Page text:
METHOD

If you do not have background knowledge in astrophysics we strongly suggest you to visit the basics sections where the key concepts behind the procedure are written in detail.

Step by step

Instructions For Windows

One time installations

First you have to install Python. Go to Python main page and download the desired version. We suggest Python 3.7.

Python 3.7 requires a standalone version of Visual C++ 14.2 compiler.

Go to:

https://visualstudio.microsoft.com/downloads/#build-tools-for-visual-studio-2019,

in Build tools, install C++ build tools and ensure the latest versions of MSVCv142 – VS 2019 C++ x64/x86 build tools and Windows 10 SDK are checked.

Open a Command Prompt (cmd) window. Right-click  “as administrator” and enter the following:

python -m pip install –upgrade pip

python -m pip install –upgrade setuptools

python -m pip install wheel

(The setuptools Python package version must be at least 34.4.0.)

After that you can install the planet-hunting scientific programs:

python -m pip install lightkurve

python -m pip install ktransit

 

Now you are ready to search for exoplanets!

Light Curve Analysis

Right-click Command Prompt icon “as administrator” and open a Command Prompt (cmd) window. Go to the python directory (where you have installed python) and type:         python

to open a python prompt >>>

Then type:

>>> import lightkurve as lk

>>> import matplotlib.pyplot as plt

Now, let’s see one example. Say that you want to download the light curve of TIC 130814025, a star observed by the TESS Space Telescope. Type:

>>>lc = lk.search_lightcurvefile(“TIC 130814025″).download().PDCSAP_FLUX

Now you have downloaded your first light curve from TESS!!

If you want to see your amazing light curve, type:

>>> lc.scatter()

>>>plt.show()

If there are more than one data files (that is, there are observations from more than one sectors) then you use the download_all() command:

>>> lc = lk.search_lightcurvefile(“TIC130814025”).download_all().PDCSAP_FLUX

>>> lc1=lc.stitch()

Then you continue as follows:

lc2=lc.remove_nans().remove_outliers().normalize().flatten(window_length=401)

OR  lc2=lc1.remove_nans().remove_outliers().normalize().flatten(window_length=401)  // in case you have more than one files

lc3=lc2.to_corrector(“sff”).correct(windows=20)

lc3.to_csv(‘C:\tessfiles\lc3’)   //You can use this command to save the folded lightcurve to a csv file for further analysis with pltrack1 or other programs

planet=lc3.fold(period=1.30488).bin(binsize=50)

planet.scatter()

plt.show()

 

 

Soon enough we will provide detailed instructions so that you can analyse data from the TESS Telescope in Linux and MACOS.

Also, we will provide code we have written in the past with which you can analyse data from the historic Keppler Telescope.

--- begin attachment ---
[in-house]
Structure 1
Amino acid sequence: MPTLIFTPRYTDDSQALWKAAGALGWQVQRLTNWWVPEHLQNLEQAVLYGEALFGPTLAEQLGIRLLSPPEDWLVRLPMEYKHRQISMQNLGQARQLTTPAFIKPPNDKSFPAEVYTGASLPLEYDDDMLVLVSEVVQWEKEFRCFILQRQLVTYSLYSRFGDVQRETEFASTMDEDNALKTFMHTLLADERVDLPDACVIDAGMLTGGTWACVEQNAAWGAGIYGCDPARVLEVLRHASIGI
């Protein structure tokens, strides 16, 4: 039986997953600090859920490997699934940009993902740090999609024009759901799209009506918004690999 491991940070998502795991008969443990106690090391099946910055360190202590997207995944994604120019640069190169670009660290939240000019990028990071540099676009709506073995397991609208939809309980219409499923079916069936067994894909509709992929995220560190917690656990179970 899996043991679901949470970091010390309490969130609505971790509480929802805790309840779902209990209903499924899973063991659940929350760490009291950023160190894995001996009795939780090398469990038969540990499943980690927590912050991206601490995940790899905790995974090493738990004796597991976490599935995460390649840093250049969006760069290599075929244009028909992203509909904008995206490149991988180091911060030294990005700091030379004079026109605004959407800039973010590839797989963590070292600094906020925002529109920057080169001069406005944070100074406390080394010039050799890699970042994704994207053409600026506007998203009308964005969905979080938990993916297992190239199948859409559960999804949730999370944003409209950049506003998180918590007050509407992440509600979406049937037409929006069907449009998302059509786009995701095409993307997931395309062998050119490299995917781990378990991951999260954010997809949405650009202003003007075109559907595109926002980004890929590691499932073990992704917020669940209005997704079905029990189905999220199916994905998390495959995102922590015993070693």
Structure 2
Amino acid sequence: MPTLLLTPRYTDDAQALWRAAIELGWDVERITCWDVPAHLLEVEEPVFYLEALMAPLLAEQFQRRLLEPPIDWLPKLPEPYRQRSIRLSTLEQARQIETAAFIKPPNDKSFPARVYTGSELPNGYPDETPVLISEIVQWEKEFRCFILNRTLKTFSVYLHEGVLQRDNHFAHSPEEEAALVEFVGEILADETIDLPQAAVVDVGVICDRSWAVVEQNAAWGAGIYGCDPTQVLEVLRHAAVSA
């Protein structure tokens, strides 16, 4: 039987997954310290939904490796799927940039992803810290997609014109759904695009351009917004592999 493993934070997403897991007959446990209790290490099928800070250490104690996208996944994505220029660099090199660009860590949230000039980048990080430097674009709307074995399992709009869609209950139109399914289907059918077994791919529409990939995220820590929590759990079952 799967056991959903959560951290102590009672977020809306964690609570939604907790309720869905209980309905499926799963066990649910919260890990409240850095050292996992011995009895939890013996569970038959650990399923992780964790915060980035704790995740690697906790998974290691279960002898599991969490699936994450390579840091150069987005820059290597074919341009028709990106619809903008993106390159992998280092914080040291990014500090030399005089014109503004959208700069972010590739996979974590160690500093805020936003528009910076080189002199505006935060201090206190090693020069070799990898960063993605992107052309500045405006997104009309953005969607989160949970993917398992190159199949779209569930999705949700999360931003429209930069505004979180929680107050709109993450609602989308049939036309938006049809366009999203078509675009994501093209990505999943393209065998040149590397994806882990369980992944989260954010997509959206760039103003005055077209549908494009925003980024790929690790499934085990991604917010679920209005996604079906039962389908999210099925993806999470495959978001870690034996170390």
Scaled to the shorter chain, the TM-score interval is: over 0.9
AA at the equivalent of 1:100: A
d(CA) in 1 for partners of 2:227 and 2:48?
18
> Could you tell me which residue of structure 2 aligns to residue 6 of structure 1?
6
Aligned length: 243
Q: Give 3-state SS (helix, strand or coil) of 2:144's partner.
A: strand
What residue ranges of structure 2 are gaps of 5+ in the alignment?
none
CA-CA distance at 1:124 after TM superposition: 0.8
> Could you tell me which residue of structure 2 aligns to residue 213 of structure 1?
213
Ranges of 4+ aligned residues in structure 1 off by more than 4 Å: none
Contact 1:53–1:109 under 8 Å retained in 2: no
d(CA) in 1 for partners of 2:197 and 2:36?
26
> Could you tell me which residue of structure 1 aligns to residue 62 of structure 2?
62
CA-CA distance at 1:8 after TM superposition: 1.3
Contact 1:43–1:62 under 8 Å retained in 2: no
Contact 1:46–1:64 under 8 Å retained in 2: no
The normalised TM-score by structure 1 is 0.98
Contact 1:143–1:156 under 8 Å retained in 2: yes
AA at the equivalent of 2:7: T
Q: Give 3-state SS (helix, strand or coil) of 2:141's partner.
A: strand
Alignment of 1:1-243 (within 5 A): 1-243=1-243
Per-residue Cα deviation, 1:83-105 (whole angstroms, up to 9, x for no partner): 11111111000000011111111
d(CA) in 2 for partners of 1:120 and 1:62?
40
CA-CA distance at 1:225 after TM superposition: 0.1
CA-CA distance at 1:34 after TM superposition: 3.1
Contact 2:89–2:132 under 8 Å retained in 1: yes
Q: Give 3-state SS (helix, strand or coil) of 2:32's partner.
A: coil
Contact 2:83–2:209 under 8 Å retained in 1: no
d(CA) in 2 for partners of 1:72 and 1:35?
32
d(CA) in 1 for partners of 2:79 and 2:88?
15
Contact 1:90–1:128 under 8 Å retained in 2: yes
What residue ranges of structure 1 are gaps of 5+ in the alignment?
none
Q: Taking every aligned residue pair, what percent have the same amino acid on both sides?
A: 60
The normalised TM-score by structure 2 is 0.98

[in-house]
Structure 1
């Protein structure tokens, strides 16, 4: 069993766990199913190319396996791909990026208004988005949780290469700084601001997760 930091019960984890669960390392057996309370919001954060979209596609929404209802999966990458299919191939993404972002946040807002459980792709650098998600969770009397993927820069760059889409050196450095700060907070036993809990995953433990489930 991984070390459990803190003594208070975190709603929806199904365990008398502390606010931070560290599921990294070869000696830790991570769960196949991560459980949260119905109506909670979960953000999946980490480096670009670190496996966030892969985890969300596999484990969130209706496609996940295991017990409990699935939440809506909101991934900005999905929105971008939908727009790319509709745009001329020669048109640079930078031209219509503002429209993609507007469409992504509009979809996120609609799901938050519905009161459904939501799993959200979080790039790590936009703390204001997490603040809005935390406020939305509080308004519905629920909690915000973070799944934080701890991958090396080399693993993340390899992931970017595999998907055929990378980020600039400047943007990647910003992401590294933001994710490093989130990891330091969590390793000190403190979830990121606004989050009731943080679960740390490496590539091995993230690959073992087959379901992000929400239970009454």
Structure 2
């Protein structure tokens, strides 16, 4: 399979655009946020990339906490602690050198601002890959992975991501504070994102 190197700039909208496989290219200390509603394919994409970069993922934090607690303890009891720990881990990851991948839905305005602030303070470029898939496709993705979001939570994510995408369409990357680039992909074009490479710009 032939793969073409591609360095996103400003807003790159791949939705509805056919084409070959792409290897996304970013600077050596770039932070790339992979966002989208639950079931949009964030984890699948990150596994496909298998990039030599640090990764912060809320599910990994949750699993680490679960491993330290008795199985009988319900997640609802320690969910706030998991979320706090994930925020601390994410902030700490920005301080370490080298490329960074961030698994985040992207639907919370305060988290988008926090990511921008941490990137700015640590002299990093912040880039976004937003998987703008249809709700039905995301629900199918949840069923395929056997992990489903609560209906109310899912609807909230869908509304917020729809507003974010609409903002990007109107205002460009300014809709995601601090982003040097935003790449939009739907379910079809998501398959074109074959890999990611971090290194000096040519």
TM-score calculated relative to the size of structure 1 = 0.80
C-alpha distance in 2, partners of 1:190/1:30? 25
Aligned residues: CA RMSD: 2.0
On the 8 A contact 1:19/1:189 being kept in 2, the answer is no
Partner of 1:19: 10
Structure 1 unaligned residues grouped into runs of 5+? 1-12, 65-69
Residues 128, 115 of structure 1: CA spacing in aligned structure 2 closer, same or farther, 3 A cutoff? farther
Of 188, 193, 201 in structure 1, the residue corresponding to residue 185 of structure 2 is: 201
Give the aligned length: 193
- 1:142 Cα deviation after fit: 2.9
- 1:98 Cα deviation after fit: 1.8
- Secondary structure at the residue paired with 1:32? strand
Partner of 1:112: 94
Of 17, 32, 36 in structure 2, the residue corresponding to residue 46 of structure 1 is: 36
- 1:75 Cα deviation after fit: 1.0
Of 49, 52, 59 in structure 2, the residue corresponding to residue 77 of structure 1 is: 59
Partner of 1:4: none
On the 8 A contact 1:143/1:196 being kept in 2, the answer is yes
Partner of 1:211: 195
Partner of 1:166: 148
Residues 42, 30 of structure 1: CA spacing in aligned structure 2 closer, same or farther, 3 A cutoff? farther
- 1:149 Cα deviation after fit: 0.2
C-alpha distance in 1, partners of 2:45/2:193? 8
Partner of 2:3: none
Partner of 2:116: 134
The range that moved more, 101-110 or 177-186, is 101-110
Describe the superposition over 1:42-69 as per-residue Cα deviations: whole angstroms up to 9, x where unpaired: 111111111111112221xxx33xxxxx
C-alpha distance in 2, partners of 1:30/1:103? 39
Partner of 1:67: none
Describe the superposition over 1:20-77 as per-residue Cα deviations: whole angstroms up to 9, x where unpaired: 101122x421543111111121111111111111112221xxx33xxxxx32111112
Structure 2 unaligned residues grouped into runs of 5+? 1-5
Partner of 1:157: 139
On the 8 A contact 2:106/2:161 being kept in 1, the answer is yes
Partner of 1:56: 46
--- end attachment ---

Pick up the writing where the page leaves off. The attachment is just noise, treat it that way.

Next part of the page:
Instructions For linux (Very similar for MACOS)

One time installations

Open a Command Prompt (cmd) window (ctrl+T) and type the following:

python -m pip install –upgrade pip

python -m pip install –upgrade setuptools

python -m pip install wheel



After that you can install the planet-hunting scientific programs entering these lines:

python -m pip install lightkurve

python -m pip install ktransit

Now you are ready to search for exoplanets!


Light Curve Analysis

Create a “.py” file in which you will insert the bold lines shown below. After that you open the terminal and visit the directory of the file you created. You run the python code using the python3 command (for example: python3 exampleFile.py).

import lightkurve as lk

import matplotlib.pyplot as plt

Now, let’s see one example. Say that you want to download the light curve of TIC 130814025, a star observed by the TESS Space Telescope. Type:

lc = lk.search_lightcurvefile(“TIC 130814025″).download().PDCSAP_FLUX

Now you have downloaded your first light curve from TESS!!

If you want to see your amazing light curve, type:

lc.scatter()

plt.show()




An alternative to the above procedure:

If there are more than one data files (that is, there are observations from more than one sectors) then you use the download_all() command:

lc = lk.search_lightcurvefile(“TIC130814025”).download_all().PDCSAP_FLUX

lc1=lc.stitch()

Then you continue as follows:

lc2=lc.remove_nans().remove_outliers().normalize().flatten(window_length=401)

OR  lc2=lc1.remove_nans().remove_outliers().normalize().flatten(window_length=401)  # in case you have more than one files

lc3=lc2.to_corrector(“sff”).correct(windows=20)

lc3.to_csv(‘C:\tessfiles\lc3’)   #You can use this command to save the folded lightcurve to a csv file for further analysis with pltrack1 or other programs

planet=lc3.fold(period=1.30488).bin(binsize=50)

planet.scatter()

plt.show()



The type of the graphs expected are like the ones shown above.